6. I have already expressed the view that the charge has been anything but fair and the conviction cannot be consequently maintained. We have now to consider whether the matter should go back for retrial or we should quash the conviction and acquit the appellants, I have already pointed out that the conviction seems to be based mainly on the ground that these three persons who are appellants before us, were named in the F.I.R. -lodged by P. W. 1, father-in-law of Tetera in whose house the dacoity took place. That there was a dacoity or robbery nobody seriously disputes. But the fact remains that nothing incriminating was found with any of the accused persons though some of the accused were put under arrest the day following the occurrence. It further appears from the deposition of Tetera that he knew all the accused persons from before and they used to go to his shop frequently to purchase goods. Apart from the discrepancy in the matter of the names given in the F.I.R., he gave no descriptions of other persons who are not named in the F.I.R. nor the names of the villages from which they came. Akan and Dungi suggested existence of previous grudge with the complainant - Tetera but Tetera denied it.
He also claims to be acquainted with Dina for a fairly long time and they used to call each other Bandhu (a friend) and Kamaruddin states that Bandhu's name was disclosed to him as one of the dacoits, but he forgot to mention it. Accused Boga Sheikh also suggested that there was some bad blood between him and Tetera but Boga appears to be a relation of Tetera and Tetera's wife, Putola, stated in her evidence that she talked to Boga during the course of the dacoity. But Bhabindra to whose house Putola went after the occurrence says that Tetera's wife did not tell him that she had any talk with Boga. The F.I.R. does not disclose the names or descriptions of the persons who assaulted Tetera and his wife. The subsequent story of recognition of the persons while assaulting the inmates, therefore, is a clear innovation. From the way the prosecution story has been developed, it leads me to suspect that there has been a purposeful improvement in the story and that discredits the veracity of the prosecution witnesses. Taking everything into consideration, I do not think any useful purpose would be served by sending the case back for retrial and I would rather favour the acquittal of the appellants who had been in jail for more than a year.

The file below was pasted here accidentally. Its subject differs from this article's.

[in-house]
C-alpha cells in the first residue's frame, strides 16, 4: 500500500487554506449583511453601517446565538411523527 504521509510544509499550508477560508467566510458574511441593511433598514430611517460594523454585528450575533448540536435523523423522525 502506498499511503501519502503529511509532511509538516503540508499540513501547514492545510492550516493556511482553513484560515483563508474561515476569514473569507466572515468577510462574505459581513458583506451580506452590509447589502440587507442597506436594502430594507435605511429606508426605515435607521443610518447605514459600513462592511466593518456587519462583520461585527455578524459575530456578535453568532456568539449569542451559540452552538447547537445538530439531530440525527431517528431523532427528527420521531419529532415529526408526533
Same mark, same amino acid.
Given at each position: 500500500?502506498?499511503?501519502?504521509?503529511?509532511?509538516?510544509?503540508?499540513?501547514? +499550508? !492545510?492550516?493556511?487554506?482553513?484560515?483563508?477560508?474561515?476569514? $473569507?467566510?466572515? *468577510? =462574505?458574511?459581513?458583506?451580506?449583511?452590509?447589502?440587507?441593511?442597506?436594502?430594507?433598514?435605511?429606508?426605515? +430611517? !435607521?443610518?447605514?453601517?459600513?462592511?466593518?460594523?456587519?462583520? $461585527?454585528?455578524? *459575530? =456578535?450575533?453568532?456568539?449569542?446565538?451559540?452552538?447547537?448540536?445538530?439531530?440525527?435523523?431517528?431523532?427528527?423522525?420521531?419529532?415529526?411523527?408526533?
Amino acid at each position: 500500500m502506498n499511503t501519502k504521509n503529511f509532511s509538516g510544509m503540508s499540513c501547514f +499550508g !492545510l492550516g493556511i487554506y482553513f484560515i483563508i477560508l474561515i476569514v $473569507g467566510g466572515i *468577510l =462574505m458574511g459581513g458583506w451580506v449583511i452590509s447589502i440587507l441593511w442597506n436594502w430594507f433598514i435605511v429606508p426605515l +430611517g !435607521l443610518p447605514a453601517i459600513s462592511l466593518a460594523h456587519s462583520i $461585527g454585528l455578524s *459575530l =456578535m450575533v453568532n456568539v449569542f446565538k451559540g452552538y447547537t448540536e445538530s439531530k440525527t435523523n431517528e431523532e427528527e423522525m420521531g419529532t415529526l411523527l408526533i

The result is that the appeal is allowed, conviction set aside and the accused persons should be set at liberty forthwith.
Ram Labhaya, J.
7. I agree.